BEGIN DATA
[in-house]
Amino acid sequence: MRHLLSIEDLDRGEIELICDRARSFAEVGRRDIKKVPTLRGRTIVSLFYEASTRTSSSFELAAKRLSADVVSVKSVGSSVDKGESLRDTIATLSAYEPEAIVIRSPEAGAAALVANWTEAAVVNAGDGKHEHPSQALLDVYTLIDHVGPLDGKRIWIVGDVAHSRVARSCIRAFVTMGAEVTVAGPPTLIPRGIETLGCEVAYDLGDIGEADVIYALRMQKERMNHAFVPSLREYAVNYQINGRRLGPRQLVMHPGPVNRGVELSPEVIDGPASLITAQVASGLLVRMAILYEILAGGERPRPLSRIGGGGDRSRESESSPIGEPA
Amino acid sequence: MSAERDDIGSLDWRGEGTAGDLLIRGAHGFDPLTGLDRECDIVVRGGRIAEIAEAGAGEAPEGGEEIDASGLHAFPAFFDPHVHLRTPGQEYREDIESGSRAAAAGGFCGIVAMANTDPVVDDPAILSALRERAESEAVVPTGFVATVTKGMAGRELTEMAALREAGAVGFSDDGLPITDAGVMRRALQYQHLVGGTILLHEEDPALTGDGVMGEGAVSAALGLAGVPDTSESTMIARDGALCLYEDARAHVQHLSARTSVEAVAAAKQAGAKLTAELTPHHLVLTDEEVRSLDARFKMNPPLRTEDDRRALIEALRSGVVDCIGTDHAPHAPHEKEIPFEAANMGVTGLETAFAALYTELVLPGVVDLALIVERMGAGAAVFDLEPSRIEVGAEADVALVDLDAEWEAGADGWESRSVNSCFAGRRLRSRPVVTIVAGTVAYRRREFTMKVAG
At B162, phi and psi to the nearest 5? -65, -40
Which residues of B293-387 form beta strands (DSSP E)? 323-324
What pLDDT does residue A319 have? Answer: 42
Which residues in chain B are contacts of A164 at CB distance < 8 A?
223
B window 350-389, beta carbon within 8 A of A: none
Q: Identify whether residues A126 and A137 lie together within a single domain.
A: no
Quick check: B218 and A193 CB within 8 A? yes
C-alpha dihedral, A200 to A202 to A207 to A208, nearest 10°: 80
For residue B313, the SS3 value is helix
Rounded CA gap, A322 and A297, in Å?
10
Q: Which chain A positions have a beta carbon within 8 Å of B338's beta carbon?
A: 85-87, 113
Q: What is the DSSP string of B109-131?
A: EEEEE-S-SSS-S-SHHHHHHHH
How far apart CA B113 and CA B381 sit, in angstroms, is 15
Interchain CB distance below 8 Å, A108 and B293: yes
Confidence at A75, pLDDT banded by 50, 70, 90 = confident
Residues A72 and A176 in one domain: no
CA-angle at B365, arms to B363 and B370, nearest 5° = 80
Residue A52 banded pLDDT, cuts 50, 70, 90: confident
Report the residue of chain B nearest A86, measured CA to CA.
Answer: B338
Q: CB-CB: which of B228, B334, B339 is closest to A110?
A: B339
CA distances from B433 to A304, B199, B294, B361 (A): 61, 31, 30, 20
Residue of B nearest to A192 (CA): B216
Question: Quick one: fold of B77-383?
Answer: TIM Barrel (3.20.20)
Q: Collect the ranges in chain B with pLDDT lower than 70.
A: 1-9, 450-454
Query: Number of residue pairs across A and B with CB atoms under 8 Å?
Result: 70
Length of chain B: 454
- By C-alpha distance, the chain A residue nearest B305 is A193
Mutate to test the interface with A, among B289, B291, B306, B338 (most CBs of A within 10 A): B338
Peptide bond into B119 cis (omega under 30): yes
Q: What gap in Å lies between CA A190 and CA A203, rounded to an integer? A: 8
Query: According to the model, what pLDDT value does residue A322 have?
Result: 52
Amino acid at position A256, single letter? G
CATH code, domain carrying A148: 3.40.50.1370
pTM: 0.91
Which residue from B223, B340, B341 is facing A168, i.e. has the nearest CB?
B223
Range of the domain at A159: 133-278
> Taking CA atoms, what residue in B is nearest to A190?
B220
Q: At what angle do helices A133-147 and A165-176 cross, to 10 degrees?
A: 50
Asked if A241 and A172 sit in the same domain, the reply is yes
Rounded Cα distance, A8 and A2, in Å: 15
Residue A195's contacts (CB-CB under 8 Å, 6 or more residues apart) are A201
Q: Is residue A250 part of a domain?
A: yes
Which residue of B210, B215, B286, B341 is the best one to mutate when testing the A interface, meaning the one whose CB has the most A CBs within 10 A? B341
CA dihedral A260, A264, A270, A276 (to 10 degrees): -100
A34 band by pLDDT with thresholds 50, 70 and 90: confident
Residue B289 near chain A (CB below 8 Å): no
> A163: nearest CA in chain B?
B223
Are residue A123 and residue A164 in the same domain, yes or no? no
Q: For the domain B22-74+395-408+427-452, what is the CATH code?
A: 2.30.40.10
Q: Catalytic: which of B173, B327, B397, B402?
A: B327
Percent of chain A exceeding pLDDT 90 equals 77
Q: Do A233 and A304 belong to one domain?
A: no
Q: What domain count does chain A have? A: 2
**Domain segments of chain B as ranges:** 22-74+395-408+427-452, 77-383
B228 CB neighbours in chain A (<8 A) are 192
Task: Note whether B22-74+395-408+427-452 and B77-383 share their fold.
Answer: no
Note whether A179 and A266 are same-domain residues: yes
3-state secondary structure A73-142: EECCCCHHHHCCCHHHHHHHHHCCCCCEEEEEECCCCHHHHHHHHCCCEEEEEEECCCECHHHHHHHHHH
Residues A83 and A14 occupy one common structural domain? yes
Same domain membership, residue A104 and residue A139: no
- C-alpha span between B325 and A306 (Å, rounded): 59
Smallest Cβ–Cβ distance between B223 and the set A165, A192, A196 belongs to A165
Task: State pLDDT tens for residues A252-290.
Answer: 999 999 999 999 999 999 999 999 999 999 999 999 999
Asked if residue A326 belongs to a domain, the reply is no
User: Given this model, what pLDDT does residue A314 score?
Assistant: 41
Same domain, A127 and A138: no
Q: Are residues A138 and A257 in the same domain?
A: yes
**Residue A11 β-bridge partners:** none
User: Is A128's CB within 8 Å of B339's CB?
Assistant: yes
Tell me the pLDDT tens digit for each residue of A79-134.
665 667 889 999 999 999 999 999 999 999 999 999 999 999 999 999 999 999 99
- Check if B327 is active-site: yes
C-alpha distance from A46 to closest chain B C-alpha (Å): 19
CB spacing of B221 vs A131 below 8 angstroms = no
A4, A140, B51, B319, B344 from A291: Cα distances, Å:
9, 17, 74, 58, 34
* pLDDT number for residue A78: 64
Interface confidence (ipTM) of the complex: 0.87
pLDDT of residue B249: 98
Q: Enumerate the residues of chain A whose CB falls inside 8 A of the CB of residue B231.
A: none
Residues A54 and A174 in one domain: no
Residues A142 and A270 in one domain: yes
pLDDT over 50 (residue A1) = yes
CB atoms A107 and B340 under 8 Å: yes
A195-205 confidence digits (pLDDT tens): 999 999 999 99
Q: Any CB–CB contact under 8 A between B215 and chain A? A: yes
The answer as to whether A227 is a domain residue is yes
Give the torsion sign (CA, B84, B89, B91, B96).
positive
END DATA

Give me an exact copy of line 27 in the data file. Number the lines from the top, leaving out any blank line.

Report the residue of chain B nearest A86, measured CA to CA.